# Finding Rational Zeros

Say you were given the following polynomial to solve.

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$2x{y}^{4}-14{x}^{3}{y}^{2}+8xy-6{x}^{2}{y}^{3}=0$

This expression seems rather complicated, doesn't it? Dealing with lengthy polynomials can be rather cumbersome and may lead to some unwanted careless mistakes. However, there is indeed a solution to this problem. Can you guess what it might be? Let me give you a hint: it's factoring!

So far, we have studied various methods for factoring polynomials such as grouping, recognising special products and identifying the greatest common factor. In this article, we shall discuss yet another technique for factoring polynomials called finding rational zeros.

## Rational Zeros

In this section, we aim to find rational zeros of polynomials by introducing the Rational Zeros Theorem. The purpose of this topic is to establish another method of factorizing and solving polynomials by recognizing the roots of a given equation. Let us first define the terms below.

A zero of a polynomial is defined by all the x-values that make the polynomial equal to zero. This is also known as the root of a polynomial.

A rational zero is a rational number that is a root to a polynomial that can be written as a fraction of two integers.

For clarity, we shall also define an irrational zero as a number that is not rational and is represented by an infinitely non-repeating decimal.

Additionally, recall the definition of the standard form of a polynomial.

Let f be a polynomial of the form

$f\left(x\right)={a}_{n}{x}^{n}+\dots +{a}_{1}x+{a}_{0}$,

where ${a}_{n},...,{a}_{0}$ are the coefficients to the variables ${x}^{n},...,{x}^{0}$respectively.

## Rational Zeros Theorem

If the polynomial f has integer coefficients, then every rational zero of f, f(x) = 0, can be expressed in the form $\frac{p}{q}$with q ≠ 0, where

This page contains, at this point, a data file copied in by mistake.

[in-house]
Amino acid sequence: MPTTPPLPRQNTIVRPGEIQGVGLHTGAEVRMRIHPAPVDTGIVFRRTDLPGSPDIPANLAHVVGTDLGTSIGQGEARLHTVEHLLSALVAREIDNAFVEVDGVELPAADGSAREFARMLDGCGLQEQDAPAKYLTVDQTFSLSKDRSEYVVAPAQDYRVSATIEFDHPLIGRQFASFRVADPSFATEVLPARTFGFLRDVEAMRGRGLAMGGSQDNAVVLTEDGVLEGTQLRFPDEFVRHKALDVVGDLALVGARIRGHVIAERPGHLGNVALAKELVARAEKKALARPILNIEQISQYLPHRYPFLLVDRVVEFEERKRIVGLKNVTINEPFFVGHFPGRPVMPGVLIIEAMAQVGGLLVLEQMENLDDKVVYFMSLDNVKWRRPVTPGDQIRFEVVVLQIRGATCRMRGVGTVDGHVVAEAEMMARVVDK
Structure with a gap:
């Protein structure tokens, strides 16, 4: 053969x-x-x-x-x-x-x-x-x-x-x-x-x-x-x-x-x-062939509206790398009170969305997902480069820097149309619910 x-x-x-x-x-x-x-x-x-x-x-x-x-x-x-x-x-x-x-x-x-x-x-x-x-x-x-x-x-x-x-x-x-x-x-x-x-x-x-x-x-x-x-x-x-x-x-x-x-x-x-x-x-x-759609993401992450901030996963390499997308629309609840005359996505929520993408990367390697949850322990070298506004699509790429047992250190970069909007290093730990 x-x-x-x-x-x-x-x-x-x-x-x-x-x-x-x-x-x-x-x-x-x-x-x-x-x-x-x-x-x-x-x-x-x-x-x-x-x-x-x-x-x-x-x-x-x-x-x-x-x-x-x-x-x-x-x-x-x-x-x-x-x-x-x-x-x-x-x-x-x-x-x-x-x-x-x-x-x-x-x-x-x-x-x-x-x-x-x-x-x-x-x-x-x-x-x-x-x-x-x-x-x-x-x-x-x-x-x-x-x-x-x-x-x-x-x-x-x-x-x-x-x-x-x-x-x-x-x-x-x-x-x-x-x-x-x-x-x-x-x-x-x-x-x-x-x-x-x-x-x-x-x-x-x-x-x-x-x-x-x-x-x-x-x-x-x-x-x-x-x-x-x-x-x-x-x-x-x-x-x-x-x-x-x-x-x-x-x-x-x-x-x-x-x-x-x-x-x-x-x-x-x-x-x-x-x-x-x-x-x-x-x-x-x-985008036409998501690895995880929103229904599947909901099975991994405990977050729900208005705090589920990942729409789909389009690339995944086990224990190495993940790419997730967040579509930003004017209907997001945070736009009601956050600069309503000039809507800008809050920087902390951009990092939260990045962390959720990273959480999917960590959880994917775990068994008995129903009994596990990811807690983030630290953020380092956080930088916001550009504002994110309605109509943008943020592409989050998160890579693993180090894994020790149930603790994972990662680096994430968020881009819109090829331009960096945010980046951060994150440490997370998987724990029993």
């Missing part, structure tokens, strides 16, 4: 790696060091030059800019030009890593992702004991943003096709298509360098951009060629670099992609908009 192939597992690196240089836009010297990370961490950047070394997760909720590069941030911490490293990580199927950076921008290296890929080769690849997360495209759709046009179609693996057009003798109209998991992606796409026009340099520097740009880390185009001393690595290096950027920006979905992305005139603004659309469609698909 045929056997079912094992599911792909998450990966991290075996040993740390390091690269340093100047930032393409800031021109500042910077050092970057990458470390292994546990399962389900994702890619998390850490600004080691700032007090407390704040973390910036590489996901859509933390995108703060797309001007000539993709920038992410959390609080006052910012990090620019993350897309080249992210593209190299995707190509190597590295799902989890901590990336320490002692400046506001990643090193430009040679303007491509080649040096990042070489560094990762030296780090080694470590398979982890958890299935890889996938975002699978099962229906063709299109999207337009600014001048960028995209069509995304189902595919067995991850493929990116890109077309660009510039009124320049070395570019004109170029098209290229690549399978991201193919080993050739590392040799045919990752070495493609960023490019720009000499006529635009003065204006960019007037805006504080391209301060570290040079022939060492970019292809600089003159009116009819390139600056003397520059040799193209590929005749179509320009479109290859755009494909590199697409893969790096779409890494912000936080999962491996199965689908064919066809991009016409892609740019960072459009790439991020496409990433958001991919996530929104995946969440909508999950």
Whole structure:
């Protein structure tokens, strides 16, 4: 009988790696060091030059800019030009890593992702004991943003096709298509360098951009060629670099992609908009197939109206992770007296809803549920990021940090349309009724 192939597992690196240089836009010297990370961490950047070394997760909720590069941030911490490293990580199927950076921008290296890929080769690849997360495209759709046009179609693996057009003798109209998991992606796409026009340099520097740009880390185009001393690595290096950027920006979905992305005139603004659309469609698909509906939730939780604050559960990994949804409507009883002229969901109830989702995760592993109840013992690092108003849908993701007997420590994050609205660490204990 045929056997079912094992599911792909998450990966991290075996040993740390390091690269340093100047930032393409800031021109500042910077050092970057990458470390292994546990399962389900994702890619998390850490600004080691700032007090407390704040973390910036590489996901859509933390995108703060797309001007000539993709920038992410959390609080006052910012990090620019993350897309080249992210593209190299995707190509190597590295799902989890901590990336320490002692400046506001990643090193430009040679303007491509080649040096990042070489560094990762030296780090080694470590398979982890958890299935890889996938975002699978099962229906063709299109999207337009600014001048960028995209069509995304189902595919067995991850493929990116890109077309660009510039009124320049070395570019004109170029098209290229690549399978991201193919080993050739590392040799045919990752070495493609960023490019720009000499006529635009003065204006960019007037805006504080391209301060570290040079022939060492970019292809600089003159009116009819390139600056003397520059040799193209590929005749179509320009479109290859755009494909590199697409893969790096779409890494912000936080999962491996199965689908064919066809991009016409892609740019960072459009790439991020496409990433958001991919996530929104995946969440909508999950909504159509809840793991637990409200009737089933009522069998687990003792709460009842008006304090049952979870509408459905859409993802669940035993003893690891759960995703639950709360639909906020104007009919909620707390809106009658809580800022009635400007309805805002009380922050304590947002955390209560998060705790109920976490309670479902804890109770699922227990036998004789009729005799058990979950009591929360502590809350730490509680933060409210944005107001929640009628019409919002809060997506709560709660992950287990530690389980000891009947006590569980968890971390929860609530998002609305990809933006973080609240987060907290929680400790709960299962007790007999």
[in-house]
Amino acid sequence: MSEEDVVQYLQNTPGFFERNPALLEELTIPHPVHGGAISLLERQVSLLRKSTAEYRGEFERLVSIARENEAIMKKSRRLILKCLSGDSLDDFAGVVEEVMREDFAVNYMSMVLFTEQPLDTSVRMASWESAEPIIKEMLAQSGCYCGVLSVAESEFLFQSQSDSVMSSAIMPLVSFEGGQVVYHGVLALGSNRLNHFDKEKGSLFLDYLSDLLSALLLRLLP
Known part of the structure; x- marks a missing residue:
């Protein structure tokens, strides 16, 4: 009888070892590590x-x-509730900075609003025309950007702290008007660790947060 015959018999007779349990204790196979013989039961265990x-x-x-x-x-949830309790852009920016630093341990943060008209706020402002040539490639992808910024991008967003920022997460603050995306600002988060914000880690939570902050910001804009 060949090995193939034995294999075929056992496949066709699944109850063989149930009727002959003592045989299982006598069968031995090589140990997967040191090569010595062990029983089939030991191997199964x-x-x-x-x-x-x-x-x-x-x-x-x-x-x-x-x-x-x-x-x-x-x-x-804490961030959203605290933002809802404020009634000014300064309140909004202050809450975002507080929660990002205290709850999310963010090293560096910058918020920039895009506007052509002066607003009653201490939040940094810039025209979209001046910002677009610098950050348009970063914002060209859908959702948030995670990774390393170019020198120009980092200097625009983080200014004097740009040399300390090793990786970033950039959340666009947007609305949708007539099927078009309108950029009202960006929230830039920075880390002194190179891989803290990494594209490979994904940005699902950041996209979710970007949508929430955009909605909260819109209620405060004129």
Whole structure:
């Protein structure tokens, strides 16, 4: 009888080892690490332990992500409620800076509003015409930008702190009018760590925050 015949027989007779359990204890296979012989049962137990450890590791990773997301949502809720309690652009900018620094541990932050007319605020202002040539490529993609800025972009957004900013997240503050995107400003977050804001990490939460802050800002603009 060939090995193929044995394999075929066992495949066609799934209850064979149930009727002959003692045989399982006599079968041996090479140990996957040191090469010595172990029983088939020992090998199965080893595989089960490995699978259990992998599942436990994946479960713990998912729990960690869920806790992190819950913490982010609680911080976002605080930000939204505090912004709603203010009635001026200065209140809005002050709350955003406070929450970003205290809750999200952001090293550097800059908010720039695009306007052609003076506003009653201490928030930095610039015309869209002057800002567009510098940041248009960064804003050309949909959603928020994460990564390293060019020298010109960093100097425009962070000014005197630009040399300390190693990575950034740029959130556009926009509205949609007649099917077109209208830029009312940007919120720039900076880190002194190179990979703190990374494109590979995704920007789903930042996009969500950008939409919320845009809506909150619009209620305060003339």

• p is a factor of the constant term of f, a0;

• q is the factor of the leading coefficient of f, an.

It is important to factor out the greatest common divisor (GCF) of the polynomial before identifying possible rational roots.

It is important to note that the Rational Zero Theorem only applies to rational zeros. Not all the roots of a polynomial are found using the divisibility of its coefficients.

## Application of the Rational Zeros Theorem

In this section, we shall apply the Rational Zeros Theorem. Here, we shall demonstrate several worked examples that exercise this concept.

### Finding Possible Rational Zeros of a Polynomial

Here, we are only listing down all possible rational roots of a given polynomial. There is no need to identify the correct set of rational zeros that satisfy a polynomial. This will be done in the next section. The aim here is to provide a gist of the Rational Zeros Theorem.

Use the Rational Zeros Theorem to determine all possible rational zeros of the following polynomial

$f\left(x\right)=3{x}^{4}+7{x}^{3}-6$.

Solution

Step 1: We begin by identifying all possible values of p, which are all the factors of${a}_{0}=6$.

Hence, p can be$±1,±2,±3or±6$.

Step 2: Next, we shall identify all possible values of q, which are all factors of ${a}_{n}=3$.

Hence, q can be $±1or±3$.

Step 3: Find the possible values of $\frac{p}{q}$ by listing the combinations of the values found in Step 1 and Step 2. This infers that $\frac{p}{q}$is of the form$\frac{factorsofp}{factorsofq}$ .

Thus, $\frac{p}{q}$ may take the forms:

$±\frac{1}{1},±\frac{2}{1},±\frac{3}{1},±\frac{6}{1},±\frac{1}{3},±\frac{2}{3},±\frac{3}{3},±\frac{6}{3}$

Step 4: Simplifying the list above and removing duplicate results, we obtain the following possible rational zeros of f:

$\frac{p}{q}=±1,±2,±3,±6,±\frac{1}{3},±\frac{2}{3}$